I’m not clear why that means radio stations need to pay extra.

You’re saying that there are many more ways to promote music. So what? Doesn’t that make it *easier* for musicians to make money these days?

Rahul says:

Re: Re: Re:

Yes, that does make it easier for musicians to make money these days.

I had written my last post under the assumption that record labels still pay radio stations to have their music heard, which I feel could have been stated more clearly in this article. I’m still unclear on whether or not this is still common practice since the Betanews article clearly refers to “payola” as a 1960’s practice; while a Techdirt article written in June clearly states, “The record labels have always paid the radio stations to play their bands”, which implies that it is still common practice.

Another point not explained well at all by Mr. Masnick was that the bill “is mistakenly described as creating parity.” He should have explained, as the source article does, that the new bill being proposed is to force radio stations to pay all the same royalty fees that streaming stations have been already been paying, even though legislation was passed 2 weeks ago by the Copyright Royalty Board to basically allow the streaming stations to pay the same (lower) amount that radio stations have been paying. Basically that means the bill is trying to balance a scale that the CRB balanced 2 weeks ago (meaning it would, in effect, tip the scale in the other direction).

While I now agree with the writer of this article in regards to this new bill proposed by Rep. Conyers, I totally disagree with the biased way this article was written. I had thought Techdirt was a more unbiased source than that, I now see that I was very mistaken. Since I had to read the article at Betanews in order to understand the issue properly, I might as well skip the middle man next time and not read Techdirt.

My earlier post was not to say whether or not this bill should pass since I knew I didn’t fully understand the issue (though I guess there were some unintended implications), but to more or less say that radio stations are becoming useless where music distribution is concerned. And also that the internet makes it possible for new artists to forgo the record label and do all the work themselves.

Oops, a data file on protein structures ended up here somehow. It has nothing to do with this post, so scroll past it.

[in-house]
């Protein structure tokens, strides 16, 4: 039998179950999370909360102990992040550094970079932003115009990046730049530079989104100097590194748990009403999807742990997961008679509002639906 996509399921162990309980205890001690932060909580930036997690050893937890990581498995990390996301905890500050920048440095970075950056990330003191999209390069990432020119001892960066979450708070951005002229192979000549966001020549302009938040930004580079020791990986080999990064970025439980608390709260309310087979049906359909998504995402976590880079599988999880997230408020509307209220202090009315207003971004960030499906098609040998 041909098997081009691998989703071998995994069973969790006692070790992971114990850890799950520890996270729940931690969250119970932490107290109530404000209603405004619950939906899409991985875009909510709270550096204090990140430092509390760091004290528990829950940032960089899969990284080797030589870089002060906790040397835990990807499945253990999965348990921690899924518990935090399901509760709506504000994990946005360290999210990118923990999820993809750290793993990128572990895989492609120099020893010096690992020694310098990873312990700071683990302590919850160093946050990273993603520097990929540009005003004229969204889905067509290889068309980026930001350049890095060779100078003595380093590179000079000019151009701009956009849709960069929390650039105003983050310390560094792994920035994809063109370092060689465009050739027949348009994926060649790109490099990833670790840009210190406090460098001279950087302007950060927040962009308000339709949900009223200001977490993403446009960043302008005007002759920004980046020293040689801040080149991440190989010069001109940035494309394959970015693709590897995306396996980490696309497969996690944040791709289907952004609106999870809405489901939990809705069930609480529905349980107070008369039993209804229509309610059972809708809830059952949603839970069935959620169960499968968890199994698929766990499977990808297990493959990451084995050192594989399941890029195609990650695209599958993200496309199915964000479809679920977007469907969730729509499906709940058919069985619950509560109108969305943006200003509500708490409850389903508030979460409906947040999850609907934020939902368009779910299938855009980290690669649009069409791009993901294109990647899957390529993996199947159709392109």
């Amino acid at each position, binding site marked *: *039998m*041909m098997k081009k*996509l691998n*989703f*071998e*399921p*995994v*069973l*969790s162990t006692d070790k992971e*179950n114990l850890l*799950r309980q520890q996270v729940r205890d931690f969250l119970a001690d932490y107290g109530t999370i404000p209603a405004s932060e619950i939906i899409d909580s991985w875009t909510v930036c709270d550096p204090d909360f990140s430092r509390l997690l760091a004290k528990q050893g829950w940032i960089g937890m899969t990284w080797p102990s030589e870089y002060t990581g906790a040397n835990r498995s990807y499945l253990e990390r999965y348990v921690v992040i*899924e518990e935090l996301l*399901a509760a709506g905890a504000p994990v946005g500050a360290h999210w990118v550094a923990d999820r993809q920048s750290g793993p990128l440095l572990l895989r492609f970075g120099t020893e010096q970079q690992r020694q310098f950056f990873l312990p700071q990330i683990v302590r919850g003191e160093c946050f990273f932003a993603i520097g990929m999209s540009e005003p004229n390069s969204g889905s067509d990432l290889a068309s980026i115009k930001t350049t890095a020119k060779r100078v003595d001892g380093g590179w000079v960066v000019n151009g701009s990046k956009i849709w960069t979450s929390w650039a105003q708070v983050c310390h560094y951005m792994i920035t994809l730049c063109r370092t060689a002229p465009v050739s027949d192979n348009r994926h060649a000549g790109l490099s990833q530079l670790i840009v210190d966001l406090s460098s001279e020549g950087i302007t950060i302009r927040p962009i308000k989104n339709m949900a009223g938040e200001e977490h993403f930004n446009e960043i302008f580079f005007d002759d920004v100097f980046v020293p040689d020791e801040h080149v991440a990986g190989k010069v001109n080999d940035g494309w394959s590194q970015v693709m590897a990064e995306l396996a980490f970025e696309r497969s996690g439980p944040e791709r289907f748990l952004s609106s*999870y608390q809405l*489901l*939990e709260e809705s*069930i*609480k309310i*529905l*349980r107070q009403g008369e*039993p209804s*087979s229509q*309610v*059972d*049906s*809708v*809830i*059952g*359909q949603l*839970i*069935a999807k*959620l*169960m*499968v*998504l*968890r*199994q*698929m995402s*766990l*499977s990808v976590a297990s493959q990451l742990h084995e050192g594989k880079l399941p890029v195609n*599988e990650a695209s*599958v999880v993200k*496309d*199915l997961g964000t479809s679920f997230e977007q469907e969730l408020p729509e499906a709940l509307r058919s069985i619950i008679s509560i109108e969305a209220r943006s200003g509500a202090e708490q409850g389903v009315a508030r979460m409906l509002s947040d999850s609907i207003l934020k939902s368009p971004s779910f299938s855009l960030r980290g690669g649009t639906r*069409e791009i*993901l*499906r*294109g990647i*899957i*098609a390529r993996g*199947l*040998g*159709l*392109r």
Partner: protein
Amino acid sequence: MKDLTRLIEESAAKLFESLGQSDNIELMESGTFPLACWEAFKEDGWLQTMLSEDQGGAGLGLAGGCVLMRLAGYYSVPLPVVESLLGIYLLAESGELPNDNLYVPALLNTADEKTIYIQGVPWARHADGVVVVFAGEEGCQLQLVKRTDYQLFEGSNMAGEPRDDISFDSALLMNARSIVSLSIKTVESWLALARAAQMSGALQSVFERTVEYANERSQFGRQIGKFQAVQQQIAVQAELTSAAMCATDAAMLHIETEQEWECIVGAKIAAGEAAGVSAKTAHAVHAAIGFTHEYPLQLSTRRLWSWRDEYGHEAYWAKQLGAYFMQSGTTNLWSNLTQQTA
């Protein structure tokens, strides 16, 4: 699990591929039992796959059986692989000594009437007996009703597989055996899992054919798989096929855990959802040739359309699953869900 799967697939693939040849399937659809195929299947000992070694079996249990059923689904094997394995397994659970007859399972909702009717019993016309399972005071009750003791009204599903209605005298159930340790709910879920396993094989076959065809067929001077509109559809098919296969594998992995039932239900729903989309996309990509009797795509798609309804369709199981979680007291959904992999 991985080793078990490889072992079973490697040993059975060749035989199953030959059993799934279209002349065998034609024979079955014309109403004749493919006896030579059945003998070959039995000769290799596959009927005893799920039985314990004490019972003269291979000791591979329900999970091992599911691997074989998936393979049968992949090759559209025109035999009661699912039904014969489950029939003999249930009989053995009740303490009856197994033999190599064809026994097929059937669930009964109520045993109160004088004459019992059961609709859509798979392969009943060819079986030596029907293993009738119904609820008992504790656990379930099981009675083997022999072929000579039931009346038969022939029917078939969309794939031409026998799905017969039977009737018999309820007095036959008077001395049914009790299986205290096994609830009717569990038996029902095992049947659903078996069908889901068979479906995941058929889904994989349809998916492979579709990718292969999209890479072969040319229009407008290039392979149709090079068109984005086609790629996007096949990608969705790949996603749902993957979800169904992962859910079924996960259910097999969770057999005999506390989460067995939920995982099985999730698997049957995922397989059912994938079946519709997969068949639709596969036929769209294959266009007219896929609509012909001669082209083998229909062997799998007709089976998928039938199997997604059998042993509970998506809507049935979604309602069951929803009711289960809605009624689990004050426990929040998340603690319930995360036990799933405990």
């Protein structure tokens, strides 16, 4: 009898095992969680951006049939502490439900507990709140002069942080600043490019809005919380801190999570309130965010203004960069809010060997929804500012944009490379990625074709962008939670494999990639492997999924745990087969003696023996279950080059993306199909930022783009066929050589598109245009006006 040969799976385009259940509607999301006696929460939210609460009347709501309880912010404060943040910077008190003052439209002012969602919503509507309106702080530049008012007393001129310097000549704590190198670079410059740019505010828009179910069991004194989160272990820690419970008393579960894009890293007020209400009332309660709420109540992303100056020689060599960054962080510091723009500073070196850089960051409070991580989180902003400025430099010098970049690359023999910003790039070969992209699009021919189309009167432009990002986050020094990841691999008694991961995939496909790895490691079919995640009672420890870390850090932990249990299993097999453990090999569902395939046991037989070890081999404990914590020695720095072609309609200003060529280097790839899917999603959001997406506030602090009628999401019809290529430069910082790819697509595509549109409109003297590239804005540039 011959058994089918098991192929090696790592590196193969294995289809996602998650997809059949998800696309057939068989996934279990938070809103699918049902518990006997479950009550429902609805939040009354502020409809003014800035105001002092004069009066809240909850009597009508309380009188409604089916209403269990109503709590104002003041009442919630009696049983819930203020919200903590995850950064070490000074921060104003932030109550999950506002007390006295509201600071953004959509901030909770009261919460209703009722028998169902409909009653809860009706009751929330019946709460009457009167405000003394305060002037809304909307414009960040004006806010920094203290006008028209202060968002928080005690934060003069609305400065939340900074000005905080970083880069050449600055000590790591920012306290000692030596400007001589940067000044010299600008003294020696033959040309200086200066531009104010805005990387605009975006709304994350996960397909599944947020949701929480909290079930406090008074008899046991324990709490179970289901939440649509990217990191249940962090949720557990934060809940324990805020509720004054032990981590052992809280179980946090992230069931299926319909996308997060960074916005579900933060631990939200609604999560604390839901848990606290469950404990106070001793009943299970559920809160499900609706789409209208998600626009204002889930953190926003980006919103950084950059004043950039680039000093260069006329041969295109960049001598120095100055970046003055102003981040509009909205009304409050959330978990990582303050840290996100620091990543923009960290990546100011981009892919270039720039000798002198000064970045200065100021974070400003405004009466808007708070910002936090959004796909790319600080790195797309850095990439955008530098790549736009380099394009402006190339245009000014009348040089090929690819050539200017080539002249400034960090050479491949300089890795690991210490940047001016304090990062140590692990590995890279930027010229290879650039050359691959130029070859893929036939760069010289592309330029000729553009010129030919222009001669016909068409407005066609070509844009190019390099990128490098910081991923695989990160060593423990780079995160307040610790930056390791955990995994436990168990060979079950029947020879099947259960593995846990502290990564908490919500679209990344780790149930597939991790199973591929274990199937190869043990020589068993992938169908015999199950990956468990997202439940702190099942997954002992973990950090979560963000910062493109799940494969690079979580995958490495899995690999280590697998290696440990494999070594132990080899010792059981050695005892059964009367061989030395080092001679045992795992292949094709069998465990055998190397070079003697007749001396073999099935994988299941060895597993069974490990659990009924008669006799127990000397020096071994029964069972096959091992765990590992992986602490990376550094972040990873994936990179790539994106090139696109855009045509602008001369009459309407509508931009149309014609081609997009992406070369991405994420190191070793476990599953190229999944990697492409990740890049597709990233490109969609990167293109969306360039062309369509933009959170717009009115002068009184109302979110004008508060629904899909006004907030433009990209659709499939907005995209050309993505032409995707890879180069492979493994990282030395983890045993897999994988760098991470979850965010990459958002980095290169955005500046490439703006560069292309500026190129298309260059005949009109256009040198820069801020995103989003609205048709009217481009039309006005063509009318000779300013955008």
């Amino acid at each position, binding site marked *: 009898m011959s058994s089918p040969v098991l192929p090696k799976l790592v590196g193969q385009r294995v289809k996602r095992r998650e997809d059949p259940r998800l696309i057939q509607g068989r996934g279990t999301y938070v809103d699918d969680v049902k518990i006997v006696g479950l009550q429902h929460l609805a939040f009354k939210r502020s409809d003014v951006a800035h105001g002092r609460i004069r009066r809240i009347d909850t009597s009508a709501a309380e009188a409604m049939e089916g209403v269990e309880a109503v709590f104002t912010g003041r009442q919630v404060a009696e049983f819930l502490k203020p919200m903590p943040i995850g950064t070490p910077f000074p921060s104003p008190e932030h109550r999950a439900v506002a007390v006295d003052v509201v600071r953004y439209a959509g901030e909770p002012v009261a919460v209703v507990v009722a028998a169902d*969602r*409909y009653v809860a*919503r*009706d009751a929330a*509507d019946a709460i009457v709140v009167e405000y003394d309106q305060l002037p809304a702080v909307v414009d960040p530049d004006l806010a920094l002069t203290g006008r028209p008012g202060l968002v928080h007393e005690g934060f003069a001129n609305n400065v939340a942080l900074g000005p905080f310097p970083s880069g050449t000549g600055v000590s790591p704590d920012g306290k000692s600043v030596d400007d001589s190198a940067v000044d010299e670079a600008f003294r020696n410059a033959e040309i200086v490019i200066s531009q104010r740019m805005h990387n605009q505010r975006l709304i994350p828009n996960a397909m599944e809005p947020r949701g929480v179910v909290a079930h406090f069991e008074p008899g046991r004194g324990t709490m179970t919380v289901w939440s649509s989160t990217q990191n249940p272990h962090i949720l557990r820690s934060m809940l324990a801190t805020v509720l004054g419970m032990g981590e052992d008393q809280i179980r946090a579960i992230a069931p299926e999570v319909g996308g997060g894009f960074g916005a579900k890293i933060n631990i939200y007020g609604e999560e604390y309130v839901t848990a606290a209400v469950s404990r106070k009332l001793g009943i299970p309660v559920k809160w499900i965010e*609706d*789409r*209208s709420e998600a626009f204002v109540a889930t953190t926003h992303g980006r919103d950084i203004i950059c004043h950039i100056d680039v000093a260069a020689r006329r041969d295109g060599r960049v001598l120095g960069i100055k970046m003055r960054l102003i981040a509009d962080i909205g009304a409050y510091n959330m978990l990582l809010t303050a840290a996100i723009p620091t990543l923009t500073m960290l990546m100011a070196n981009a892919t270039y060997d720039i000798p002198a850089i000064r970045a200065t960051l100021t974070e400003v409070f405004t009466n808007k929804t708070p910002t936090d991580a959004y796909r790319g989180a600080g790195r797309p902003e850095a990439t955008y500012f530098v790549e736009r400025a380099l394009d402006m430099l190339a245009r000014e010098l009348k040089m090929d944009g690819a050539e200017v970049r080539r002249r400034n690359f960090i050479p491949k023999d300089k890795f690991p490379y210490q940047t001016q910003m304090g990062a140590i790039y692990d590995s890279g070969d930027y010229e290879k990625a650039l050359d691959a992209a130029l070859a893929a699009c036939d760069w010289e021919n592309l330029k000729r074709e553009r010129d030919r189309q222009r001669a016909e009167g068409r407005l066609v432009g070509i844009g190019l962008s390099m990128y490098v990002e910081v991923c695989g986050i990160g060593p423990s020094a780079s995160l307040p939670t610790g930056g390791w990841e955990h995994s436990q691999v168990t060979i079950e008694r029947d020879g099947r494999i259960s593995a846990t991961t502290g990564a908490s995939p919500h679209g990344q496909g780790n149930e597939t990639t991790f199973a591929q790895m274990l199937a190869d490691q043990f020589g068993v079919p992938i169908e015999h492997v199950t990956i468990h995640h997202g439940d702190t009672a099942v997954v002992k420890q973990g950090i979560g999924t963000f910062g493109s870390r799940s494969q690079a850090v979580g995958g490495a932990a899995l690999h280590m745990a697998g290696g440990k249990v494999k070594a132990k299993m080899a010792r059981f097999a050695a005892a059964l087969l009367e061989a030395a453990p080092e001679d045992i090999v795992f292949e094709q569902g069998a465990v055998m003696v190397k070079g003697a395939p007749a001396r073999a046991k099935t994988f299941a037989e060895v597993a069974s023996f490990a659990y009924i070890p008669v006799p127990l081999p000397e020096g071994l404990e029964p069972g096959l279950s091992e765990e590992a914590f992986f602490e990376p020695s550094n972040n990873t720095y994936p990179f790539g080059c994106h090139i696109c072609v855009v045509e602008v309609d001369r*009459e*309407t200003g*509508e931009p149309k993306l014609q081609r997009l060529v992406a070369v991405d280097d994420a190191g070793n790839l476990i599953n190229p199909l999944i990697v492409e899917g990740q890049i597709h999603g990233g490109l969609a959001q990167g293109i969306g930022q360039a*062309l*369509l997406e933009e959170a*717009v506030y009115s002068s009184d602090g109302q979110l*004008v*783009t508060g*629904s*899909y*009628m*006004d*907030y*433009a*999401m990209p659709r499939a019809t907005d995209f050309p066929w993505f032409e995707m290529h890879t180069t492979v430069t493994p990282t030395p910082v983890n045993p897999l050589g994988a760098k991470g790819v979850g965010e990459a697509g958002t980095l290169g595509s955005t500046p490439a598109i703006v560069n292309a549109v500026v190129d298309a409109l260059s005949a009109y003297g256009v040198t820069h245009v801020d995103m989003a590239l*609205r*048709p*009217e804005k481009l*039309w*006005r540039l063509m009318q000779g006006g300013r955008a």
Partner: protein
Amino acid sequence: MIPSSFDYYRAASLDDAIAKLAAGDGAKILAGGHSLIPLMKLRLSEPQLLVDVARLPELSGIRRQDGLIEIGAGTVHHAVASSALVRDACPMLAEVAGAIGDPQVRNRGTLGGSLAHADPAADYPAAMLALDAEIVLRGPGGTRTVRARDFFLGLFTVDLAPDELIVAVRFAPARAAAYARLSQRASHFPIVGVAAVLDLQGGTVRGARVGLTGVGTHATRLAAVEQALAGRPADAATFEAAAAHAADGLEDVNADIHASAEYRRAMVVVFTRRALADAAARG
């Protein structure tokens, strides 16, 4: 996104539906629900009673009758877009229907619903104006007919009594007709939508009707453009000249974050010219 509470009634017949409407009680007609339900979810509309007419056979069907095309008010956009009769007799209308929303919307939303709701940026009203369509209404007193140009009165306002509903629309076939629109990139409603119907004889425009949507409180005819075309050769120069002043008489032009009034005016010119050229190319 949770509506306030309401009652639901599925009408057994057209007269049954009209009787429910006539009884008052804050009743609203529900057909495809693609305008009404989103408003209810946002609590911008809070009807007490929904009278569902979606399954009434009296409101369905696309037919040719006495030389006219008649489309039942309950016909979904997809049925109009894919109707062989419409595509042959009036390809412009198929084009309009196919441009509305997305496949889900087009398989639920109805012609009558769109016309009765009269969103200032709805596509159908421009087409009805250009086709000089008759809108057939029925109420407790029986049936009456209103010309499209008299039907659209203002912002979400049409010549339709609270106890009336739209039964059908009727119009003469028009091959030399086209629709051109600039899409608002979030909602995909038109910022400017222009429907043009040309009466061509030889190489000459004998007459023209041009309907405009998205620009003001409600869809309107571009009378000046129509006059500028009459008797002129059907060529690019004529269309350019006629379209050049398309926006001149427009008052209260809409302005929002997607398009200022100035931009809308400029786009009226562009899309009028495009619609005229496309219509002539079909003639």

Anonymous Coward says:

Bloody Pirates !

I think it is the RIAA that are the pirates.
They come sailing into port, guns a blazin … without a care for whom they maim. For they are here for one thing and one thing only … to rape pillage and plunder. So, look out all you grannies, infants, and laser printers for the RIAA is sailing the high seas a lookin fer treasure.

GiveUsYaMoney says:

it seems simple enough, tax the radio, putt hem out of business and then the US Gov can sell it all off for the new wireless mobile phone companies to use for a few billion a bundle 😉

lots of nice cash to then bail out the banks, and get everyone newly financed from the cash pot.

then the publishers pay the the musicians 2pennys on the $ minus the usual % cut ot reinvest that in setting up a new corporate cloud on the free wireless networks the phone and Wimax companies were forced to provide in their contracts, use the core blank CD taxes to pay the boardroom
expenses and sundry……

etc, etc, etc full in the blanks as you se fit 😉

Mr. Anon says:

Wow. Crazy!


So let all the radio stations in the US be forced to stop playing music immediately.

What outlet will the Major Labels have then to promote their music at such a level?

As usual, they are acting like the worthless fucking shitbags they truly are.